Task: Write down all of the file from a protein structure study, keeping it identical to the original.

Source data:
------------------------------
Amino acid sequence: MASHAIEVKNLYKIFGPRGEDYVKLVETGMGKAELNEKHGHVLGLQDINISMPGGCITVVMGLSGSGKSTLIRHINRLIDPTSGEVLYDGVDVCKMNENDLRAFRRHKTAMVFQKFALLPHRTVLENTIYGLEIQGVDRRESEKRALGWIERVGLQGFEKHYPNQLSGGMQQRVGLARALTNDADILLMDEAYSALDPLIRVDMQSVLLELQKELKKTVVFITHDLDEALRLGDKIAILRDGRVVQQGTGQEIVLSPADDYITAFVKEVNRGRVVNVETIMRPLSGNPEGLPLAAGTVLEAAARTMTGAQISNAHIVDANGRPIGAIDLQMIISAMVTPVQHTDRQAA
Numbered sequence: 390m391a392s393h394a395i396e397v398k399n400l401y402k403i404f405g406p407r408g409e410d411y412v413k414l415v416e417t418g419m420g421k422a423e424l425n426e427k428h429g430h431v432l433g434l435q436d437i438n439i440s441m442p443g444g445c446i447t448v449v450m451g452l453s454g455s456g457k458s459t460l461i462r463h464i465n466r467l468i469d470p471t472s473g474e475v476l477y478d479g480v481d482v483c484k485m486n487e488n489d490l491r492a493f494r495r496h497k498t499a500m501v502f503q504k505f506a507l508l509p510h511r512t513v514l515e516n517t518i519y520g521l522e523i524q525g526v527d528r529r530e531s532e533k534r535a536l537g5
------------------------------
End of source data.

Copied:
Amino acid sequence: MASHAIEVKNLYKIFGPRGEDYVKLVETGMGKAELNEKHGHVLGLQDINISMPGGCITVVMGLSGSGKSTLIRHINRLIDPTSGEVLYDGVDVCKMNENDLRAFRRHKTAMVFQKFALLPHRTVLENTIYGLEIQGVDRRESEKRALGWIERVGLQGFEKHYPNQLSGGMQQRVGLARALTNDADILLMDEAYSALDPLIRVDMQSVLLELQKELKKTVVFITHDLDEALRLGDKIAILRDGRVVQQGTGQEIVLSPADDYITAFVKEVNRGRVVNVETIMRPLSGNPEGLPLAAGTVLEAAARTMTGAQISNAHIVDANGRPIGAIDLQMIISAMVTPVQHTDRQAA
Numbered sequence: 390m391a392s393h394a395i396e397v398k399n400l401y402k403i404f405g406p407r408g409e410d411y412v413k414l415v416e417t418g419m420g421k422a423e424l425n426e427k428h429g430h431v432l433g434l435q436d437i438n439i440s441m442p443g444g445c446i447t448v449v450m451g452l453s454g455s456g457k458s459t460l461i462r463h464i465n466r467l468i469d470p471t472s473g474e475v476l477y478d479g480v481d482v483c484k485m486n487e488n489d490l491r492a493f494r495r496h497k498t499a500m501v502f503q504k505f506a507l508l509p510h511r512t513v514l515e516n517t518i519y520g521l522e523i524q525g526v527d528r529r530e531s532e533k534r535a536l537g5